Drawn in by the promise of an abundant and cheap source of energy, a Virginia-based company has announced plans to build two gas-fired power plants in Central Pennsylvania.
The Williamsport Sun-Gazette reported Wednesday that Moxie Energy has proposed building plants in Lycoming County and Bradford County, at a price tag of $800 million each.
I reported on the imminent shift toward natural gas power plants in a story in April, which you can read here. In the article, I note the coming shift away from coal and towards natural gas due in large part to the Marcellus Shale:
A steady, low-cost supply of natural gas from Marcellus Shale, coupled with high coal prices due to increased demand from China, has changed the power generation industry’s outlook on natural gas as a fuel source, said Doug Biden, president of the Electric Power Generation Association, a trade group representing wholesale power suppliers in Pennsylvania, Maryland, New Jersey and Ohio.The plants will use air-cooled condensers, meaning they won't require any large source of water for cooling, according to a company press release. Together, they'll produce between 800 and 900 megawatts of electricity -- enough to supply about 750,000 homes.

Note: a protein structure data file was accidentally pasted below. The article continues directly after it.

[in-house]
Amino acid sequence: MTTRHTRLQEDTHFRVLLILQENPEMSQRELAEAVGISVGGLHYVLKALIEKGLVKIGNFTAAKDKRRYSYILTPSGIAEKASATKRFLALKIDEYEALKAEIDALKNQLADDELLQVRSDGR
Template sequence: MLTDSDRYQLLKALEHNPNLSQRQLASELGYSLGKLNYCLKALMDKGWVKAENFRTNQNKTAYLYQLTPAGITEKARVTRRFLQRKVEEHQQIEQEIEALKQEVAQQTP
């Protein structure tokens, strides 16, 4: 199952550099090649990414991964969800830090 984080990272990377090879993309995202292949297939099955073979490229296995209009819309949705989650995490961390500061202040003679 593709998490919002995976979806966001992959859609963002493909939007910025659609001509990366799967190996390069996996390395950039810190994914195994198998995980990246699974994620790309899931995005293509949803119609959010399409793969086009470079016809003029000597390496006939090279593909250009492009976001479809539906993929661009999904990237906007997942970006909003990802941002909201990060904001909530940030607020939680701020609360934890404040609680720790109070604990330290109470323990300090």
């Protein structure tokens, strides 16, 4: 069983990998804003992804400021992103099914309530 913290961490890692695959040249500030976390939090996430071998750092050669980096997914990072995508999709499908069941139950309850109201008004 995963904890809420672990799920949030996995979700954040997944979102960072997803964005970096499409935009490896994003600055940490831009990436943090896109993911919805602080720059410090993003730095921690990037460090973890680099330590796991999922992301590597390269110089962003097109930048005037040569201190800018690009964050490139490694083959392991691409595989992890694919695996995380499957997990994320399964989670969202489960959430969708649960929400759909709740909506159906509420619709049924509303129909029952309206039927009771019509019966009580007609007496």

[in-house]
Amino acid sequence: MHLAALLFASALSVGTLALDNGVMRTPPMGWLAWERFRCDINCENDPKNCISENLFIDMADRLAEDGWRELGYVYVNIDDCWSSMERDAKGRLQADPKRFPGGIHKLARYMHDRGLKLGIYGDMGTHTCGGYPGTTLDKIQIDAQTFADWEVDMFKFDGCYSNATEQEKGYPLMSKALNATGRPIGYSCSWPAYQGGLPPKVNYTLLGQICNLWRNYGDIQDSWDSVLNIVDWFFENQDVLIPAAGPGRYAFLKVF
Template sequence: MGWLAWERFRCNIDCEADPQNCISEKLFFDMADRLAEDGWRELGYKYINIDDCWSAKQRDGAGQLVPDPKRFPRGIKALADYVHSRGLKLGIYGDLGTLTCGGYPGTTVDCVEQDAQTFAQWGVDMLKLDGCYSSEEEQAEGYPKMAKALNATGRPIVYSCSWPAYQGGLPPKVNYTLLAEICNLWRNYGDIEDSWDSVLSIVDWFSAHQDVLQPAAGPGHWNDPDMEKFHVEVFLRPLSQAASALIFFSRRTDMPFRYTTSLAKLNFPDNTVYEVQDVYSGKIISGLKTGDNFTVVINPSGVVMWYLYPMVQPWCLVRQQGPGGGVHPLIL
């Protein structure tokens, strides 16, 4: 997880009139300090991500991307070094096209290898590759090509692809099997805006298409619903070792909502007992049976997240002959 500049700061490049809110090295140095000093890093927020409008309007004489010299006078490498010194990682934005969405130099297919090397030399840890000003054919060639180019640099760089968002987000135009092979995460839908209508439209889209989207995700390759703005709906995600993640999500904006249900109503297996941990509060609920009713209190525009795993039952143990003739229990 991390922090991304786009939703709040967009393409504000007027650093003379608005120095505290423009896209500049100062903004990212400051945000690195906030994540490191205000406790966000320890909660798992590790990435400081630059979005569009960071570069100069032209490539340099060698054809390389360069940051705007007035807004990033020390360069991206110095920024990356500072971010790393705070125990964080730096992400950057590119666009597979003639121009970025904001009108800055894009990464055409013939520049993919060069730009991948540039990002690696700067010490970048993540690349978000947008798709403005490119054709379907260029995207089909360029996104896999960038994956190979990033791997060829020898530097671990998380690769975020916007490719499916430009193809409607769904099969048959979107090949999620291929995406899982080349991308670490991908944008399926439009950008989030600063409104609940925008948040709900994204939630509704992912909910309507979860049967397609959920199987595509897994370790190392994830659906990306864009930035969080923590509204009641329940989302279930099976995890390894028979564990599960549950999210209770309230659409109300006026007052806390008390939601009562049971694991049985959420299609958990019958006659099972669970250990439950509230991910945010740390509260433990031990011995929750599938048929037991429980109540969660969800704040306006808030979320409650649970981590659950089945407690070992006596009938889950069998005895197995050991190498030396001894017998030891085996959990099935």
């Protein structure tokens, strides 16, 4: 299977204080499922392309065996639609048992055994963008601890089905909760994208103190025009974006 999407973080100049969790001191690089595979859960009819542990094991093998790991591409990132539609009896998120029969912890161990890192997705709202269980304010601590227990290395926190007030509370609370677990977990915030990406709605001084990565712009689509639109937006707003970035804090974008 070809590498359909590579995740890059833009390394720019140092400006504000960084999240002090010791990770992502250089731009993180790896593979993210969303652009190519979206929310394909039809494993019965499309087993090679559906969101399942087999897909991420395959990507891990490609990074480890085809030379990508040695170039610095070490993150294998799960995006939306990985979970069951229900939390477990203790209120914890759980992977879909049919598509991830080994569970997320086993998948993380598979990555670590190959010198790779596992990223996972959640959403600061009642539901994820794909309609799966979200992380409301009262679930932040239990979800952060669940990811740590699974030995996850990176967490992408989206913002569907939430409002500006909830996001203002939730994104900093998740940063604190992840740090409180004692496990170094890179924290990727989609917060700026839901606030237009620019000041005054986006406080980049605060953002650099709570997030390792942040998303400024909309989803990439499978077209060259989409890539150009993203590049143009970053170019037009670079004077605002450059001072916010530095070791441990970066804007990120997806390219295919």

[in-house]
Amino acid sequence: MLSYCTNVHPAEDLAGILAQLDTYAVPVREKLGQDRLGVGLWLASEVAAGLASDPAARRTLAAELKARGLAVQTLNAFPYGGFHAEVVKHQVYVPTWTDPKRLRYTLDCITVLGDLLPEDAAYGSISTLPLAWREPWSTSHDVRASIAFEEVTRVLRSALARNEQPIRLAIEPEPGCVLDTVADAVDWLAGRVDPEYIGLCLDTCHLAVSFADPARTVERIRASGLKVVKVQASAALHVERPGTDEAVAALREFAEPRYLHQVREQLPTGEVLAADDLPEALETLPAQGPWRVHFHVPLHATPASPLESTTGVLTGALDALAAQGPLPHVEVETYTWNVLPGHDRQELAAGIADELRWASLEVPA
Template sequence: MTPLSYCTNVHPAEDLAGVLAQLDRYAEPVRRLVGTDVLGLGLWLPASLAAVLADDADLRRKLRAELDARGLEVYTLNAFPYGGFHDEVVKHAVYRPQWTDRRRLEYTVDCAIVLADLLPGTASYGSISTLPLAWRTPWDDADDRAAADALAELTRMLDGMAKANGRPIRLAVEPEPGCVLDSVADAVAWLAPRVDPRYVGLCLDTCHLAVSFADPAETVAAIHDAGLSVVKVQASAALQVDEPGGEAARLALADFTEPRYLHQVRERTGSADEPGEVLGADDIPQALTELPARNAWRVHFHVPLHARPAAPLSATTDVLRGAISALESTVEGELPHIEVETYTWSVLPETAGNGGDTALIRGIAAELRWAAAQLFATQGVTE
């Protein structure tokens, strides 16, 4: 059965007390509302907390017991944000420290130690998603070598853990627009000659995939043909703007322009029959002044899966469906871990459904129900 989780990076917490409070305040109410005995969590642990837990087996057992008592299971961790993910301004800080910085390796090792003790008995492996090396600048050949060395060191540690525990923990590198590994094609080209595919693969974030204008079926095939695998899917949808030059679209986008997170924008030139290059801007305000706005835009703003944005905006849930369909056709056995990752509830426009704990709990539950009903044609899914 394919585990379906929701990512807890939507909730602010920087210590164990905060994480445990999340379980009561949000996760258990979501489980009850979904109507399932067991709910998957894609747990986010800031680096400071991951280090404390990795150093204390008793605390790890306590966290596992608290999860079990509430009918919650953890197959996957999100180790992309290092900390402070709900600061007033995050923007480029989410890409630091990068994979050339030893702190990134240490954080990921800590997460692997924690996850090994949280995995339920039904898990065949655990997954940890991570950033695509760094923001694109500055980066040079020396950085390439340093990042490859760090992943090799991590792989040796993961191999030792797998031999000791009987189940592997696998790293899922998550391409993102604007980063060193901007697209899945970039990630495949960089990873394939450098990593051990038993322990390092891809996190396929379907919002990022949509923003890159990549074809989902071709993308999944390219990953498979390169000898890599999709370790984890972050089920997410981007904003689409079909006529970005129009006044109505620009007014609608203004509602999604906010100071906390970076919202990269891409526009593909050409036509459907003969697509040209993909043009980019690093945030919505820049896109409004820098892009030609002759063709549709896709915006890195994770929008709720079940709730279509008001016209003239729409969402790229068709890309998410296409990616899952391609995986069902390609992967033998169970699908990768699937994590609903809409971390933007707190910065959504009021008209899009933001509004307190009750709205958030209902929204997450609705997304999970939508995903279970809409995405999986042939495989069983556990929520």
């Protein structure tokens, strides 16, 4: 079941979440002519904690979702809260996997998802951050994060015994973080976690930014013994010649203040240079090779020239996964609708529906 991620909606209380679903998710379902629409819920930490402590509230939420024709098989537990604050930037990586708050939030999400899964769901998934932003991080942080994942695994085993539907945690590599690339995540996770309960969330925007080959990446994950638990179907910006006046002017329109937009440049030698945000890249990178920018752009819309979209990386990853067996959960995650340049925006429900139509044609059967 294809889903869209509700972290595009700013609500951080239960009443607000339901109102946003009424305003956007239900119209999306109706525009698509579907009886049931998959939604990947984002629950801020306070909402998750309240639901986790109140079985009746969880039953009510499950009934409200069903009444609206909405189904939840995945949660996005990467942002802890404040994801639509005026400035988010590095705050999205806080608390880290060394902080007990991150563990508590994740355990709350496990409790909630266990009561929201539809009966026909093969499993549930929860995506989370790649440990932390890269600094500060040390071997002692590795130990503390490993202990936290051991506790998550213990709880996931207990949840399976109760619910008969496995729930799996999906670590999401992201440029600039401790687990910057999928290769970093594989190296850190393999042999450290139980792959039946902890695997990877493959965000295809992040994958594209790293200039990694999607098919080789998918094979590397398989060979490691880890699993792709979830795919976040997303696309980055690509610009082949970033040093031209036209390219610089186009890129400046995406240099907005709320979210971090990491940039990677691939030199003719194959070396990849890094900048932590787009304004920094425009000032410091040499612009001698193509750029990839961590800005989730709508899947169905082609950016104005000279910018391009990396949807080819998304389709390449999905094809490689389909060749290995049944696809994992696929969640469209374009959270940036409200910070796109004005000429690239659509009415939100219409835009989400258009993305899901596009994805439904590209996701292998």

“Three years ago, people from the electric industry would have depicted the growing reliance on natural gas as a potential reliability problem because we had hurricanes Katrina and Rita fresh in our mind and there was this fear that supply could be cut off at any time, especially in summer, when maximum demand occurs,” said Biden.
“With the discovery of this resource right under our feet, Marcellus Shale, that concern goes away ... there’s an expectation of relative price stability that nobody had before.”
The company also brags the plants will burn cleaner than coal, producing "nitrogen oxide and carbon monoxide emissions that are about 80 percent less than a comparable new coal plant, carbon dioxide emissions that are about 45 percent less than a comparable coal plant, and sulfur dioxide and particulate emissions that are more than 99 percent less than a comparable coal plant," according to the press release.
Pending state approval, construction of the project, which will employ about 200 temporary and 20 to 30 permanent workers, will begin soon and end by 2015.